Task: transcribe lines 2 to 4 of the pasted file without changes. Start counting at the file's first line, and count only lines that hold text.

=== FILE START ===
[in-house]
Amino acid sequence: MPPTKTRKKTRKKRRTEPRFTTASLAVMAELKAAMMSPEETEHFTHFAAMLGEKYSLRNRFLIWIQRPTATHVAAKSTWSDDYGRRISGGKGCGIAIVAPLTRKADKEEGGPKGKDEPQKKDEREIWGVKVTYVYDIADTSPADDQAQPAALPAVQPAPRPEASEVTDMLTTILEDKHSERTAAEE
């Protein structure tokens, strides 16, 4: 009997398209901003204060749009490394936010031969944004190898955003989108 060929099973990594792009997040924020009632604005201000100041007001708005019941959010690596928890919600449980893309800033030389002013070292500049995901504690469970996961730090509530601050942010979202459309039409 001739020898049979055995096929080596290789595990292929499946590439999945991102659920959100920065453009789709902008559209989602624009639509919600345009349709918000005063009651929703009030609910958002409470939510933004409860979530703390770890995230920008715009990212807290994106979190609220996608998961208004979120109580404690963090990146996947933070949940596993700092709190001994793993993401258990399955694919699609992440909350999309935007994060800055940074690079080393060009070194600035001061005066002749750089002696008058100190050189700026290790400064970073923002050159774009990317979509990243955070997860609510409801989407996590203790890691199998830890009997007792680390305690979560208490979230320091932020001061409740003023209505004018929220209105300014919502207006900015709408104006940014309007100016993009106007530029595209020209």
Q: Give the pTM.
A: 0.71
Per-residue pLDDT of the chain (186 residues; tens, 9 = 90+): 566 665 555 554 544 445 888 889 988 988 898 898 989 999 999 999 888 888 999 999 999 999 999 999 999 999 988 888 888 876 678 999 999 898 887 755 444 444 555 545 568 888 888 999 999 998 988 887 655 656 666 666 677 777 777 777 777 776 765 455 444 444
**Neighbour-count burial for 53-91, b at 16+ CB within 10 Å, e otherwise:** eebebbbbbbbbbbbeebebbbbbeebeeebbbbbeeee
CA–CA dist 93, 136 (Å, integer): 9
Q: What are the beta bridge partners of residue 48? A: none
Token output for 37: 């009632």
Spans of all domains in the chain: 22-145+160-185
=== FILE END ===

Amino acid sequence: MPPTKTRKKTRKKRRTEPRFTTASLAVMAELKAAMMSPEETEHFTHFAAMLGEKYSLRNRFLIWIQRPTATHVAAKSTWSDDYGRRISGGKGCGIAIVAPLTRKADKEEGGPKGKDEPQKKDEREIWGVKVTYVYDIADTSPADDQAQPAALPAVQPAPRPEASEVTDMLTTILEDKHSERTAAEE
């Protein structure tokens, strides 16, 4: 009997398209901003204060749009490394936010031969944004190898955003989108 060929099973990594792009997040924020009632604005201000100041007001708005019941959010690596928890919600449980893309800033030389002013070292500049995901504690469970996961730090509530601050942010979202459309039409 001739020898049979055995096929080596290789595990292929499946590439999945991102659920959100920065453009789709902008559209989602624009639509919600345009349709918000005063009651929703009030609910958002409470939510933004409860979530703390770890995230920008715009990212807290994106979190609220996608998961208004979120109580404690963090990146996947933070949940596993700092709190001994793993993401258990399955694919699609992440909350999309935007994060800055940074690079080393060009070194600035001061005066002749750089002696008058100190050189700026290790400064970073923002050159774009990317979509990243955070997860609510409801989407996590203790890691199998830890009997007792680390305690979560208490979230320091932020001061409740003023209505004018929220209105300014919502207006900015709408104006940014309007100016993009106007530029595209020209």
Q: Give the pTM.